What Kind of Playlist Do YOU Have? (Intro to Summer Psalms Series) (Psalm 96)

Those of you signed up for these devotionals are getting this delivered to your device early on Sunday morning of this, our opening day of the 2014 summer preaching series.

Over the next 13 weeks we will travel together through the book of Psalms. Often called “The Hymnal of the Scriptures,” the book of Psalms is indeed a playlist of tunes expressing a wide range of emotions by varied people of God in Old Testament times.

Their songs are still dearly loved and among the favorite passages of the Bible for so many of God’s people. This is because they are a sort of “playlist” of common emotions that run the spectrum of love, joy, praise, teaching, wisdom, despair, confusion, sadness, fear, and even anger and indignation. The emotions that soar out of these inspired lyrics do indeed reflect the timeless emotions of people wanting to live for God in a difficult and challengingly sinful world.

Bible scholars over the years have sought to categorize the Psalms into common themes that are expressed by the writers. Not every list is exactly the same. This is often because there are varied ways and angles of looking at and enjoying these songs. And many of them are able to be classified in several categories. For example, a Psalm may express praise to God, while also presenting wise teaching and themes about worshipping God.

As we have laid out the Psalms for this summer series, we don’t claim particular inspiration, but do present them in what we trust is a logical way of categorizing them. We also want to raise out of them practical teaching themes as to how they may be applied to 21st Century life.

We will first begin with three weeks about “Praise” psalms that speak to the topic of worship and the active role of relationship we have with the Creator.

There will then be two weeks of “Lament” psalms where the writers present topics about the inevitable sorrows and pains of life – calling to God to help in times of need.

We will next have two weeks about “Trust” and “Thanksgiving” psalms – where the writers express their hope and confidence in God, even in spite of the challenges of life.

We know that all Scripture is given for our instruction in life, and we will at the end of July and beginning of August look at “Wisdom” and “Torah” psalms that primarily instruct and teach.

For one week, on Sunday 8/10 and following, we will give attention to a very unique category of “Imprecatory” psalms. These may seem odd to people as they even call upon God to move to judgment and retribution … and we may see them as a crying out to God to see justice prevail in a difficult and sinful world.

We’ll give two Sundays to psalms of the “King” … sometimes called “Messianic” or “Enthronement” or “Royal” psalms. These look forward to King and a Kingdom to come.

And finally we will enjoy and finish with “Ascent” psalms. These are those that were dear to the Old Testament saints as they sang them when on pilgrimages to Jerusalem to worship God in the Temple.

Hopefully some of these Psalms will find their way onto your personal playlist – not just of music and text, but of application to life.

I have a pastor friend who everyday puts on Facebook a post about what song is “playing on the internal jukebox,” as he puts it. I understand what he is talking about. Though I practically never actually listen to music intentionally, having been a musician and with a degree in music, I too have a song playing subconsciously in my head all the time. Do you? Do all people? If you stop and think about it, can you identify the song?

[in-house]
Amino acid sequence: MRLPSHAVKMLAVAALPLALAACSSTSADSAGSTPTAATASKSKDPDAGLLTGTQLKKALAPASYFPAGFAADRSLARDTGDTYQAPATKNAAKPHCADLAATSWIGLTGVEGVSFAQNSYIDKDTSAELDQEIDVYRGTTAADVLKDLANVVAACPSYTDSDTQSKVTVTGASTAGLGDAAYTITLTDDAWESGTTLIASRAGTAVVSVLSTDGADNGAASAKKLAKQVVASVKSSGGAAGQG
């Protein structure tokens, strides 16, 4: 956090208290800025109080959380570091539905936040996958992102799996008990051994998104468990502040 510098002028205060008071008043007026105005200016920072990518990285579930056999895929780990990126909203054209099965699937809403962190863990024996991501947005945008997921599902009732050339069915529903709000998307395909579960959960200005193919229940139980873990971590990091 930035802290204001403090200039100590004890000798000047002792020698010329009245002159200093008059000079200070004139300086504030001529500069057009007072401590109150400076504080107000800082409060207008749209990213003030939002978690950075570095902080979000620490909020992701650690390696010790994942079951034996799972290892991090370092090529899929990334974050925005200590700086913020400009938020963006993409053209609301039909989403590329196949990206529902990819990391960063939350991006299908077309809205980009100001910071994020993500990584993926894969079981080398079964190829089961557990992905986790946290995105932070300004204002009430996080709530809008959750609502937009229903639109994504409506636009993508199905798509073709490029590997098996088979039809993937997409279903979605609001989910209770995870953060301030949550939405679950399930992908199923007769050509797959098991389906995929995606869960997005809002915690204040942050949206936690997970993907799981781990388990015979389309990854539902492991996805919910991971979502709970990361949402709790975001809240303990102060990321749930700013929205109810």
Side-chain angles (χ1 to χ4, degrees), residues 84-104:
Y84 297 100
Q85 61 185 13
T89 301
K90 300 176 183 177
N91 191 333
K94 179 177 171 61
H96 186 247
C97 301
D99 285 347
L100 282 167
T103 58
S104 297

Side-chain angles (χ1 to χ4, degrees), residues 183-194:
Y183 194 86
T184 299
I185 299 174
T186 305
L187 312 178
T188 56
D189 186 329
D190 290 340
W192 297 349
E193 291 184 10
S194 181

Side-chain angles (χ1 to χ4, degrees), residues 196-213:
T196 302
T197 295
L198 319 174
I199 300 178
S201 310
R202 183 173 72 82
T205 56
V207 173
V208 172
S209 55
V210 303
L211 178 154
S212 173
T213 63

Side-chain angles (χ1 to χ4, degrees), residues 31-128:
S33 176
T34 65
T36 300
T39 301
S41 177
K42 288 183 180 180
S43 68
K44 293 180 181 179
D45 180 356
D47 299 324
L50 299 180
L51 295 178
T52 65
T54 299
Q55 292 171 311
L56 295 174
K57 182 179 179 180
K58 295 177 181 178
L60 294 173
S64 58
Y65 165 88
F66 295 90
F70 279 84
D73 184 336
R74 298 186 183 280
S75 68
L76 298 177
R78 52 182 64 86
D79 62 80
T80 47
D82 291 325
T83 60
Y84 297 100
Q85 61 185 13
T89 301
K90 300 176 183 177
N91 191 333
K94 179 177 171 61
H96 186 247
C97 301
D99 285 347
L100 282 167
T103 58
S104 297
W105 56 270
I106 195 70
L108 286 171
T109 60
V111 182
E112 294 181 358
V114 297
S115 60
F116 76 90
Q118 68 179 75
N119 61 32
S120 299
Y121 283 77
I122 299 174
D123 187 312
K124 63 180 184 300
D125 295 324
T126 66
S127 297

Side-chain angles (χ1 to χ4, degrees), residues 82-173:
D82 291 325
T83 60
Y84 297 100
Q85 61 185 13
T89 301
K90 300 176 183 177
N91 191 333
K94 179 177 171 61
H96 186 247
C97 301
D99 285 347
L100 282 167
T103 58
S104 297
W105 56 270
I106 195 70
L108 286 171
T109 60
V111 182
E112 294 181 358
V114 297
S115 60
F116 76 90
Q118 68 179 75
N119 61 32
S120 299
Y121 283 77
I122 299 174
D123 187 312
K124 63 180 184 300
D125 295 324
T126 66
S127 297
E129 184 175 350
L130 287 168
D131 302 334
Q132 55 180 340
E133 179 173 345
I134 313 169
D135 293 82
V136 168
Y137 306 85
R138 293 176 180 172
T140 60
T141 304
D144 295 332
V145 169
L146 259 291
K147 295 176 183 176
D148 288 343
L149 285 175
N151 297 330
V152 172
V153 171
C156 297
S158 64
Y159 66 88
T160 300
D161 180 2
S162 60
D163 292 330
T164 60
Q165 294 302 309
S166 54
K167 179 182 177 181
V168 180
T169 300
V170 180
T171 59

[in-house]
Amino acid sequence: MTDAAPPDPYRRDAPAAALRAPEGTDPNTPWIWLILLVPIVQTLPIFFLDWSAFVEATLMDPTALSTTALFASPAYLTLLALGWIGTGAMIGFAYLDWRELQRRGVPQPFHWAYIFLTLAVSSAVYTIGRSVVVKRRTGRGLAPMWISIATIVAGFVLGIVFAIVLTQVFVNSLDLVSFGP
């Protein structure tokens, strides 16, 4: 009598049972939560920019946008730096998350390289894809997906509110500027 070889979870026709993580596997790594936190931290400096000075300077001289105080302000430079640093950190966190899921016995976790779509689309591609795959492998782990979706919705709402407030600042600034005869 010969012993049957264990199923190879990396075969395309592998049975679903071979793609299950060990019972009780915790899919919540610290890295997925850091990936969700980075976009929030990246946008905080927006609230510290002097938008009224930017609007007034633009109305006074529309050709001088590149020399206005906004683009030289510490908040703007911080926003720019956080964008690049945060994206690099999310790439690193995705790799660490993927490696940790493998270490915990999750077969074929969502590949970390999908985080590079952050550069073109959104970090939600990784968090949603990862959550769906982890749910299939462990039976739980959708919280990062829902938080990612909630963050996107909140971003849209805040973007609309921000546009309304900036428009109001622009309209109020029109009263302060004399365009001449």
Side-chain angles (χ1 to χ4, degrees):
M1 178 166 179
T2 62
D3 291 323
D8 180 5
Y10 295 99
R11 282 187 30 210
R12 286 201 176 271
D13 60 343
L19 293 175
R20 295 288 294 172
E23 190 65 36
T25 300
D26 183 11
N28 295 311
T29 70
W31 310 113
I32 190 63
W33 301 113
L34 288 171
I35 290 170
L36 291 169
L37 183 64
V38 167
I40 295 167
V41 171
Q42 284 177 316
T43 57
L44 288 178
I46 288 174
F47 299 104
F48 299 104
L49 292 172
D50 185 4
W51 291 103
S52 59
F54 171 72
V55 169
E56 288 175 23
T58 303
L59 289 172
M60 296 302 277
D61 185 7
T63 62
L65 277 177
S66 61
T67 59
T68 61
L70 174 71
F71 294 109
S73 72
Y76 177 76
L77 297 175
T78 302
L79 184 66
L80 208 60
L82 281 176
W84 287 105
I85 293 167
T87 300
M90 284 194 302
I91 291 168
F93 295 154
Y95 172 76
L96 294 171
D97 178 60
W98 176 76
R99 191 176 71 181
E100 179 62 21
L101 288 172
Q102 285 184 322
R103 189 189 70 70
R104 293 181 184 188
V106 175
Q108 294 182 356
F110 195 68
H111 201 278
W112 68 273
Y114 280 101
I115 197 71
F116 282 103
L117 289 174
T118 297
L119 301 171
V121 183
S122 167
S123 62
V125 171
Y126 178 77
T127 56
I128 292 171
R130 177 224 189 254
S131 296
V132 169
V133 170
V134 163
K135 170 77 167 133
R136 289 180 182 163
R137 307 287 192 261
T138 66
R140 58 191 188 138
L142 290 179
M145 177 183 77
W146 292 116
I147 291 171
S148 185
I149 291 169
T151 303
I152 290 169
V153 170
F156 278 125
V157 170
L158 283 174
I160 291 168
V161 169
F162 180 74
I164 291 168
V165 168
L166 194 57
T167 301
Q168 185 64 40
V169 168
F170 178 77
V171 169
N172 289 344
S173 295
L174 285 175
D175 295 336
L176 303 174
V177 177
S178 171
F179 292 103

Well, as you read along with us in the book of Psalms, may it be that it triggers in you the playing of an internal jukebox playlist of life’s tunes that give you encouragement and guidance in life.

Chris starts today with the series by preaching on Psalm 96 …

1 Sing to the Lord a new song; sing to the Lord, all the earth.

2 Sing to the Lord, praise his name; proclaim his salvation day after day.

3 Declare his glory among the nations, his marvelous deeds among all peoples.

4 For great is the Lord and most worthy of praise; he is to be feared above all gods.

5 For all the gods of the nations are idols, but the Lord made the heavens.

6 Splendor and majesty are before him; strength and glory are in his sanctuary.

7 Ascribe to the Lord, all you families of nations, ascribe to the Lord glory and strength.

8 Ascribe to the Lord the glory due his name; bring an offering and come into his courts.

9 Worship the Lord in the splendor of his holiness; tremble before him, all the earth.

10 Say among the nations, “The Lord reigns.” The world is firmly established, it cannot be moved; he will judge the peoples with equity.

11 Let the heavens rejoice, let the earth be glad; let the sea resound, and all that is in it.

12 Let the fields be jubilant, and everything in them; let all the trees of the forest sing for joy.

13 Let all creation rejoice before the Lord, for he comes, he comes to judge the earth. He will judge the world in righteousness and the peoples in his faithfulness.

This entry was posted in Psalms: God's Play List and tagged by Randy Buchman. Bookmark the permalink.

About Randy Buchman

I live in Western Maryland, and among my too many pursuits and hobbies, I regularly feed multiple hungry blogs. I played college baseball, coached championship cross country teams at Williamsport (MD) High School, and have been a sportswriter for various publications and online venues. My main profession is as the lead pastor of a church in Hagerstown called Tri-State Fellowship. And I'm active in Civil War history and work/serve at Antietam National Battlefield with the Antietam Battlefield Guides organization. Occasionally I sleep.

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